Abnormal gene expression in CD8 T cells from the lungs of scleroderma patients
© BioMed Central Ltd 2002
Received: 15 January 2002
Published: 4 February 2002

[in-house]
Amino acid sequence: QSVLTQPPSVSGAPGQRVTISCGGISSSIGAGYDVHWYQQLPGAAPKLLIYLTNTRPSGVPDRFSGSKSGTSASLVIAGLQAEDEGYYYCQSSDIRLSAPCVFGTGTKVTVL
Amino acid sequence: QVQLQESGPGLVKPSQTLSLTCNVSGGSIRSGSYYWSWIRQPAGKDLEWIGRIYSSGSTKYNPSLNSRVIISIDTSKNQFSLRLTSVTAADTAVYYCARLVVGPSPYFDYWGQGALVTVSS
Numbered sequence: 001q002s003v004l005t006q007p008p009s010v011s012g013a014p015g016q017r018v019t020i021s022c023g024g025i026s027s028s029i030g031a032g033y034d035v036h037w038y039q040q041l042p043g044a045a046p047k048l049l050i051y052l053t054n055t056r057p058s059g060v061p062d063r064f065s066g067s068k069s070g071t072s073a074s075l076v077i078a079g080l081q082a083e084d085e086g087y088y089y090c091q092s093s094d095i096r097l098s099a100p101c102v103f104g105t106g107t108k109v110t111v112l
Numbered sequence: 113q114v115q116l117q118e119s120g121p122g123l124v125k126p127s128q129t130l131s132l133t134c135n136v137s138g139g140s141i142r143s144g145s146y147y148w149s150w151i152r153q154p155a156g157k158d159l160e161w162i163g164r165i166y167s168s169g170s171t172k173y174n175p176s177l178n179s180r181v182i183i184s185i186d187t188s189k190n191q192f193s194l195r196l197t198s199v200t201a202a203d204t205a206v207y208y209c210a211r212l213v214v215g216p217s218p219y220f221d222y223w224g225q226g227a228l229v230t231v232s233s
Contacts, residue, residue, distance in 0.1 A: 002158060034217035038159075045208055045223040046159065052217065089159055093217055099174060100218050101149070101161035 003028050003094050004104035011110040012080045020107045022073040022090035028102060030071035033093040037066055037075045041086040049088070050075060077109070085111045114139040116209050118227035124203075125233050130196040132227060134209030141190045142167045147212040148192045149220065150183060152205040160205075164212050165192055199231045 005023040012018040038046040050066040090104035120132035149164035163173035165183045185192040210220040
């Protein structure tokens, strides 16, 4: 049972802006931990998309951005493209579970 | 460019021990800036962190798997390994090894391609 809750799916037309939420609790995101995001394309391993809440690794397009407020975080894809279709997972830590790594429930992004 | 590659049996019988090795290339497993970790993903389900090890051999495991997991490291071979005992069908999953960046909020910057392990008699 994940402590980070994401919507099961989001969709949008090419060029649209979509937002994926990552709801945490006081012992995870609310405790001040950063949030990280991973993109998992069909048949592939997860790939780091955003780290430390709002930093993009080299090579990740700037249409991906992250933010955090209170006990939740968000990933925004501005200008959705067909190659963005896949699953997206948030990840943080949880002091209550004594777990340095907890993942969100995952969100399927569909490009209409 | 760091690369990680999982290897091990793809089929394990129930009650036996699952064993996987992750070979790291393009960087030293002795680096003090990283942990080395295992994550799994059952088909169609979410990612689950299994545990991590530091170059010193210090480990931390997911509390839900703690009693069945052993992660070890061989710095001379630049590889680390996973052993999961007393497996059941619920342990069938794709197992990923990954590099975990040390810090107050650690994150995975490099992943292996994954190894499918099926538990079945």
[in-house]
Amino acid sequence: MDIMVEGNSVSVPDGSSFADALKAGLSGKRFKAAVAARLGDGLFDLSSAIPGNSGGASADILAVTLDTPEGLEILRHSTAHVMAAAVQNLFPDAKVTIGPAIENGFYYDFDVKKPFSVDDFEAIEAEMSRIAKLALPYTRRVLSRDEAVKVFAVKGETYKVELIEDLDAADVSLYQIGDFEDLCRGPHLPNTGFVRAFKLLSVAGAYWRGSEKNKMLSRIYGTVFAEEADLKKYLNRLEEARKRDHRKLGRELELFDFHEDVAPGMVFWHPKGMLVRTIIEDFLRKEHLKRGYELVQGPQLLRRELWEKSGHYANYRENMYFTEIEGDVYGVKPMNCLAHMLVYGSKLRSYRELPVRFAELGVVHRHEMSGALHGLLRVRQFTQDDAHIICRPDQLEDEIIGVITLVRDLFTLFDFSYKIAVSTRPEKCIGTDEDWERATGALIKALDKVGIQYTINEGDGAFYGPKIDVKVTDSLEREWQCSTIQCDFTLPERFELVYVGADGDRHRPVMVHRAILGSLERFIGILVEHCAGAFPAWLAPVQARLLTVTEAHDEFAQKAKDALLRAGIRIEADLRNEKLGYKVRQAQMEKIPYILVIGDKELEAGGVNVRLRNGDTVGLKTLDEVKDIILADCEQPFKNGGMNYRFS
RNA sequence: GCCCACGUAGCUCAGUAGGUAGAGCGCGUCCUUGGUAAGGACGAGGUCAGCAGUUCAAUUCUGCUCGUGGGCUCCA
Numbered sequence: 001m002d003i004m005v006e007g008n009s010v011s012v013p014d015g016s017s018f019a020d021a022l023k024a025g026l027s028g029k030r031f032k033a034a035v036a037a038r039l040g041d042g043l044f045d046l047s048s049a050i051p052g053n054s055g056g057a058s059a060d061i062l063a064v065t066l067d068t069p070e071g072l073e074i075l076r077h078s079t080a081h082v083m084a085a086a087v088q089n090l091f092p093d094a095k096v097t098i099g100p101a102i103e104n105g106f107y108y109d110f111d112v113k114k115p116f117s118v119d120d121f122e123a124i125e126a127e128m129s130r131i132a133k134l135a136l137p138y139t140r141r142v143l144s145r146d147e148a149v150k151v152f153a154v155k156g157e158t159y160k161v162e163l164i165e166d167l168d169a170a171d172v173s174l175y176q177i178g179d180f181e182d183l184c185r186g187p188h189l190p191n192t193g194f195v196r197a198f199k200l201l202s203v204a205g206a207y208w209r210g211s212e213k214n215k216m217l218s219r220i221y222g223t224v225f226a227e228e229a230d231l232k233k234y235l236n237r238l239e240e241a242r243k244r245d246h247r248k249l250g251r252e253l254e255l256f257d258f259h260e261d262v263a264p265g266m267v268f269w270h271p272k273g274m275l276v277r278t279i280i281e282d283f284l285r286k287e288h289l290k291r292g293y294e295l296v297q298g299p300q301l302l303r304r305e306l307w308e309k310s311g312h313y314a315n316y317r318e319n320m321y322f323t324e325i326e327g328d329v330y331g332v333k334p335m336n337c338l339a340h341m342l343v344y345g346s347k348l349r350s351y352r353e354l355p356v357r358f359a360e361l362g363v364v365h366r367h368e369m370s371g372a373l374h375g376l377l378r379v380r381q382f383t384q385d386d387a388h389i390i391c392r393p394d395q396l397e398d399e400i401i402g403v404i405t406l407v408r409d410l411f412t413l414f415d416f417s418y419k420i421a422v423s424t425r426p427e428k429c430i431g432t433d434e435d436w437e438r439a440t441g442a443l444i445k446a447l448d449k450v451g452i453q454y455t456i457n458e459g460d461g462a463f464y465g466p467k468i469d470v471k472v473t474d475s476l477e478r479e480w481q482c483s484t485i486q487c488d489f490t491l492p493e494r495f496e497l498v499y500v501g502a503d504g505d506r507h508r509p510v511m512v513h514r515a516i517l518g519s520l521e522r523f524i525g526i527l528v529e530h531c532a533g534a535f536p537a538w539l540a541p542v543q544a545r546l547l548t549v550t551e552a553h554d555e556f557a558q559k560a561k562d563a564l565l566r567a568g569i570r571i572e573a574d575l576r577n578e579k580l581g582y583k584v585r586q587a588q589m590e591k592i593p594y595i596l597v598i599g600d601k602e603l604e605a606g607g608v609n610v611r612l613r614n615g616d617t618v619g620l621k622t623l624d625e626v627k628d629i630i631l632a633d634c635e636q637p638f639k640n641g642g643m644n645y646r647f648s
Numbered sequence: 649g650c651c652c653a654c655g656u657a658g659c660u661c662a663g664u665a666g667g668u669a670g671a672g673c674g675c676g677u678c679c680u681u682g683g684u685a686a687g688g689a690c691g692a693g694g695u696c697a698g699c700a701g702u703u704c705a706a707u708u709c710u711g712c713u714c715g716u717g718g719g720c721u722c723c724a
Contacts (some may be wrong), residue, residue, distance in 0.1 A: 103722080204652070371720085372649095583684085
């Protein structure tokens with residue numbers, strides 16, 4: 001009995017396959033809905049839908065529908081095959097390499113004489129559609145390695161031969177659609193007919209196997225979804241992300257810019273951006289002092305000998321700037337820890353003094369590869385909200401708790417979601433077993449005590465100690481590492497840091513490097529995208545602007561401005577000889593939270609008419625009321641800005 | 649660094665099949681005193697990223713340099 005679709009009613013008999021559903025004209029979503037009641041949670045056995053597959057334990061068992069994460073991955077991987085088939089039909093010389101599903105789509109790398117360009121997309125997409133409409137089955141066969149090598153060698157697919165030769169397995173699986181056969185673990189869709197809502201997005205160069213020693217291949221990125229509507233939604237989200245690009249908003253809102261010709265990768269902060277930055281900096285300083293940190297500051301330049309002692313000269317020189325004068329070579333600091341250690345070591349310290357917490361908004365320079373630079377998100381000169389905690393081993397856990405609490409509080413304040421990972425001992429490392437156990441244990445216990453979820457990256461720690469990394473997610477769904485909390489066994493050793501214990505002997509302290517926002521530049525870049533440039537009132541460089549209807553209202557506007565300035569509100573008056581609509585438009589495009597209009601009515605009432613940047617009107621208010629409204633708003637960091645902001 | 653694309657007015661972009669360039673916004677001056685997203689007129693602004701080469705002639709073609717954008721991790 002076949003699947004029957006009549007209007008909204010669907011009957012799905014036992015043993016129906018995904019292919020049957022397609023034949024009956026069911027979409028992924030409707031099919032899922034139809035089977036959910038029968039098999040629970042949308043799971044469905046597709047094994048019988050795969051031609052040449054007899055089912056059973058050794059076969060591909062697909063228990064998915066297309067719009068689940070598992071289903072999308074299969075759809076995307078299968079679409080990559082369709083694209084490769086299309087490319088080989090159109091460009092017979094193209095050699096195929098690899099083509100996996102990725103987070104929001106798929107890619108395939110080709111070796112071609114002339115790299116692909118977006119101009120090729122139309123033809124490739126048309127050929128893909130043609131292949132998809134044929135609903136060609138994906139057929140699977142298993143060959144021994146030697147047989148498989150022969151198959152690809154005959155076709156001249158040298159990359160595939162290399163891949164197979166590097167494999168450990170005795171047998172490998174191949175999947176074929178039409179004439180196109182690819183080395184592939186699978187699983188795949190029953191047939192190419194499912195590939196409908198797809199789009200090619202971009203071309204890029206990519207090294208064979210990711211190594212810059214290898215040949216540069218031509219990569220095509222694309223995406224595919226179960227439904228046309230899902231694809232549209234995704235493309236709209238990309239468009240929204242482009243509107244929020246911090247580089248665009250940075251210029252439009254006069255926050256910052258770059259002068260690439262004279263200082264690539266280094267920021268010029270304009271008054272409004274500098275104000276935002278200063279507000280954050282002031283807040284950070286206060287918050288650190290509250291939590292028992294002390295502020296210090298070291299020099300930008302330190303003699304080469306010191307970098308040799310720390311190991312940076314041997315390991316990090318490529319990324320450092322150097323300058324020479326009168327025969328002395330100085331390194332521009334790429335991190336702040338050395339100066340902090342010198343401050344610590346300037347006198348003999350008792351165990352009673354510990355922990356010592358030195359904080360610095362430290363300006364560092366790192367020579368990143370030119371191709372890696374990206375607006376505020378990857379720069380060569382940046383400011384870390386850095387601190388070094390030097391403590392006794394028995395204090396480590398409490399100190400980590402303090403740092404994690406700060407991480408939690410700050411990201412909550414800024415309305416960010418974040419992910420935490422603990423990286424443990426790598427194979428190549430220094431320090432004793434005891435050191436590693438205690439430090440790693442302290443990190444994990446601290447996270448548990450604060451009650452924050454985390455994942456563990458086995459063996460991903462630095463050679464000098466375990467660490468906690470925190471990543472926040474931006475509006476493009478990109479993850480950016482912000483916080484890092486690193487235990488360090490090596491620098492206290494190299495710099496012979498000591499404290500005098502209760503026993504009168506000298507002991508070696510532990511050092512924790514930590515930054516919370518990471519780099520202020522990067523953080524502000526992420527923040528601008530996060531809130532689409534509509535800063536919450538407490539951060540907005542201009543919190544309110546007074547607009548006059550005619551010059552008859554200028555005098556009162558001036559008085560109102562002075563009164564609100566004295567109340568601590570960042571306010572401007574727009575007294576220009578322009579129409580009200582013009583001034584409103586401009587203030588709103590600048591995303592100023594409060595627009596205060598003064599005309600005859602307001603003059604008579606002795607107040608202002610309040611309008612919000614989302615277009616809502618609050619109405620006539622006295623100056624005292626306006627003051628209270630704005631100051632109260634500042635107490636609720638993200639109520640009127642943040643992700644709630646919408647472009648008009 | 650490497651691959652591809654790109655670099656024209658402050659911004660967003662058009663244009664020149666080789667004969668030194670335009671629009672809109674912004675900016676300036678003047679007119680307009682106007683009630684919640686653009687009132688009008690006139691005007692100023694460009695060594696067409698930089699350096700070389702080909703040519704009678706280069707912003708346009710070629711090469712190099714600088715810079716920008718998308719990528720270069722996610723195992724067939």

Activated CD8+ T cells in bronchoalveolar lavage (BAL) samples are associated with progressive lung fibrosis in scleroderma. The hypothesis of this work is that CD8+ T cells from a subset of scleroderma patients, especially those with lung inflammation, have an abnormal pattern of gene expression that can promote fibrosis. Freshly isolated BAL CD8+ T cells from 26 individuals were tested for expression of cytokines, chemokines, growth factors, and receptor genes, using DNA microarrays. Hierarchical cluster analyses showed two groups of arrays. Group 1 included all 10 patients with lung inflammation and two patients without. Arrays from the other 7 patients without lung inflammation clustered with all 7 arrays from controls in group 2. Differences in gene expression indicated that CD8+ T cells in group 1, compared to group 2, were more likely to be activated, express type 2 cytokines, and stimulate extracellular matrix deposition, and less likely to undergo activation-induced cell death. T-cell activation was suggested by increased expression of LIGHT, neurotropin-4, CD100, CD6, integrin b1 and decreased expression of VIP R1 genes. Type 2 cytokine production was suggested by increased expression of CCR4, G-CSFR and IL-13 Ra and decreased expression of TRANCE and TNF R1 genes. Reduced expression of TNF R1, TNF R11, TRAIL R1, CD30 L and Fas genes suggested that CD8+ T cells from Group 1 were less likely to die following activation. Increased gene expression of oncostatin M, which simulates fibroblast proliferation and collagen production, integrin b6, which can activate TGF-β, FGF17, FGF4, and membrane type-1 and -2 matrix metallopro-teinases was seen. To confirm some of these results, increased IL-4 mRNA had been reported in our previous work, and increases in oncostatin M and activated TGF-β proteins in BAL fluids from patients with lung inflammation were confirmed by ELISA. These findings suggest that activated CD8+ T cells are part of a pathway that leads to lung fibrosis in scleroderma.